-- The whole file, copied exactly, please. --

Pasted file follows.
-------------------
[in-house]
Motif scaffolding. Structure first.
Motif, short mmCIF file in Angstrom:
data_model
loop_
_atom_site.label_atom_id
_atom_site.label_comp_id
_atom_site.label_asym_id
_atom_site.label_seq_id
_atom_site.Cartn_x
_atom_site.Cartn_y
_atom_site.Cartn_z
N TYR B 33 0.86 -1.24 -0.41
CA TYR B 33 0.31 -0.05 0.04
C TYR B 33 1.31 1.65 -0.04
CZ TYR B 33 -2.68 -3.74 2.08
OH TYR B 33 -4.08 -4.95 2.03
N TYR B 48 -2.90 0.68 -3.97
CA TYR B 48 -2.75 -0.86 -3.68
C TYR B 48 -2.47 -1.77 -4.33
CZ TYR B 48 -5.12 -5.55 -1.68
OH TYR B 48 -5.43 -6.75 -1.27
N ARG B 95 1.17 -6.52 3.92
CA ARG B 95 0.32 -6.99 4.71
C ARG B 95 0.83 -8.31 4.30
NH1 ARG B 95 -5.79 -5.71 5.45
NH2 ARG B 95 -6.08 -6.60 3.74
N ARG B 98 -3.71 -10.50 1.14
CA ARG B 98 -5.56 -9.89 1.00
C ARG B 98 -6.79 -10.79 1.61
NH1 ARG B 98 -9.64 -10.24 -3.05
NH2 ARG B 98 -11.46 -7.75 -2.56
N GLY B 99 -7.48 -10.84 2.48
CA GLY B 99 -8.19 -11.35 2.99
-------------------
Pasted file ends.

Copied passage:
[in-house]
Motif scaffolding. Structure first.
Motif, short mmCIF file in Angstrom:
data_model
loop_
_atom_site.label_atom_id
_atom_site.label_comp_id
_atom_site.label_asym_id
_atom_site.label_seq_id
_atom_site.Cartn_x
_atom_site.Cartn_y
_atom_site.Cartn_z
N TYR B 33 0.86 -1.24 -0.41
CA TYR B 33 0.31 -0.05 0.04
C TYR B 33 1.31 1.65 -0.04
CZ TYR B 33 -2.68 -3.74 2.08
OH TYR B 33 -4.08 -4.95 2.03
N TYR B 48 -2.90 0.68 -3.97
CA TYR B 48 -2.75 -0.86 -3.68
C TYR B 48 -2.47 -1.77 -4.33
CZ TYR B 48 -5.12 -5.55 -1.68
OH TYR B 48 -5.43 -6.75 -1.27
N ARG B 95 1.17 -6.52 3.92
CA ARG B 95 0.32 -6.99 4.71
C ARG B 95 0.83 -8.31 4.30
NH1 ARG B 95 -5.79 -5.71 5.45
NH2 ARG B 95 -6.08 -6.60 3.74
N ARG B 98 -3.71 -10.50 1.14
CA ARG B 98 -5.56 -9.89 1.00
C ARG B 98 -6.79 -10.79 1.61
NH1 ARG B 98 -9.64 -10.24 -3.05
NH2 ARG B 98 -11.46 -7.75 -2.56
N GLY B 99 -7.48 -10.84 2.48
CA GLY B 99 -8.19 -11.35 2.99